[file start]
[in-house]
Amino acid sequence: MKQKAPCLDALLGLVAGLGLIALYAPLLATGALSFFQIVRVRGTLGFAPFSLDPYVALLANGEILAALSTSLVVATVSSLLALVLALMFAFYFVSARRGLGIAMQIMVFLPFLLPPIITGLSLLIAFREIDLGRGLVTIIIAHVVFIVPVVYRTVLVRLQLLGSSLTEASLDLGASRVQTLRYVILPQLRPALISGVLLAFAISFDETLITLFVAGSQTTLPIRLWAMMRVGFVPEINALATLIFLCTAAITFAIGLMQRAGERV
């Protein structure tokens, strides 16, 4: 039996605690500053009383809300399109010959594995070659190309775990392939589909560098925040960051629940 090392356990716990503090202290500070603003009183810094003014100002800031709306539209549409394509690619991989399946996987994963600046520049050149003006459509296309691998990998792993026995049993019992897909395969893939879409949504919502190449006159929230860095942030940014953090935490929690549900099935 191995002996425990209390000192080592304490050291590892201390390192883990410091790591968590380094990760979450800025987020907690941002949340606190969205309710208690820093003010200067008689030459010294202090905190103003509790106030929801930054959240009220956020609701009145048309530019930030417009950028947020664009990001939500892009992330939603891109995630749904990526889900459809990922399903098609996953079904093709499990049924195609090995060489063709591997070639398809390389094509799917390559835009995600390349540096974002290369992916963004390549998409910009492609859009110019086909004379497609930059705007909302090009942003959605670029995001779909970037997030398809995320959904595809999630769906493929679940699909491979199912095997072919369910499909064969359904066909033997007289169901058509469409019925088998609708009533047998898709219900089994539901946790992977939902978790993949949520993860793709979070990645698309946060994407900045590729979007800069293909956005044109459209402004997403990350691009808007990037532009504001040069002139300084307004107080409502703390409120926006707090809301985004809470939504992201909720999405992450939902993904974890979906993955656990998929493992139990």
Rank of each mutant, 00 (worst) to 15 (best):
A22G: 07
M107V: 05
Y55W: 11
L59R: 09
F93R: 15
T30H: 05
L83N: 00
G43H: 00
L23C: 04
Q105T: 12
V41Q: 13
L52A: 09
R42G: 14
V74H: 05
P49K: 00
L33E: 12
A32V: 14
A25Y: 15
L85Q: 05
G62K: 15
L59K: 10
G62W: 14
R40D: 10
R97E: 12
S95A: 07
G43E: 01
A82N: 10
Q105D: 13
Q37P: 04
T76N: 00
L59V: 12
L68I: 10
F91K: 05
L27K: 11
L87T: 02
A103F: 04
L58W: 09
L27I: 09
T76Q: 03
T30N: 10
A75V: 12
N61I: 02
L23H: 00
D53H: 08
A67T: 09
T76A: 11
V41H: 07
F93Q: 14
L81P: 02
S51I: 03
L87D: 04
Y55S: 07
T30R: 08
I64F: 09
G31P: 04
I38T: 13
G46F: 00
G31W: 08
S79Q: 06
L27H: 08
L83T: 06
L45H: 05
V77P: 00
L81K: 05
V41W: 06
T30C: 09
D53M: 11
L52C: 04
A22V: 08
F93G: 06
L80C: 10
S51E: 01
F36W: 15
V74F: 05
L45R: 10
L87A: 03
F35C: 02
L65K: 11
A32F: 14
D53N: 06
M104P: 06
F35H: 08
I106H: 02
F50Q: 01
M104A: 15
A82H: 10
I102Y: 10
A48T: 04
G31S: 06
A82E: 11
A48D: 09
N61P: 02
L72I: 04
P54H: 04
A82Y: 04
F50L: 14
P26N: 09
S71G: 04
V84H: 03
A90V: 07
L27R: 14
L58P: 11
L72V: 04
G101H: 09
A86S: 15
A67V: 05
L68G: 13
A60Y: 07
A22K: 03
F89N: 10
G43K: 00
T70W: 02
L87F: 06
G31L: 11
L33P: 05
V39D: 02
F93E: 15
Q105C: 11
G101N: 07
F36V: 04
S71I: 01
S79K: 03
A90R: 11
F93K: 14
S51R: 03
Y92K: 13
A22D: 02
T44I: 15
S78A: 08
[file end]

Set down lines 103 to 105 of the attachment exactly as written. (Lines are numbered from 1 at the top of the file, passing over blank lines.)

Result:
V84H: 03
A90V: 07
L27R: 14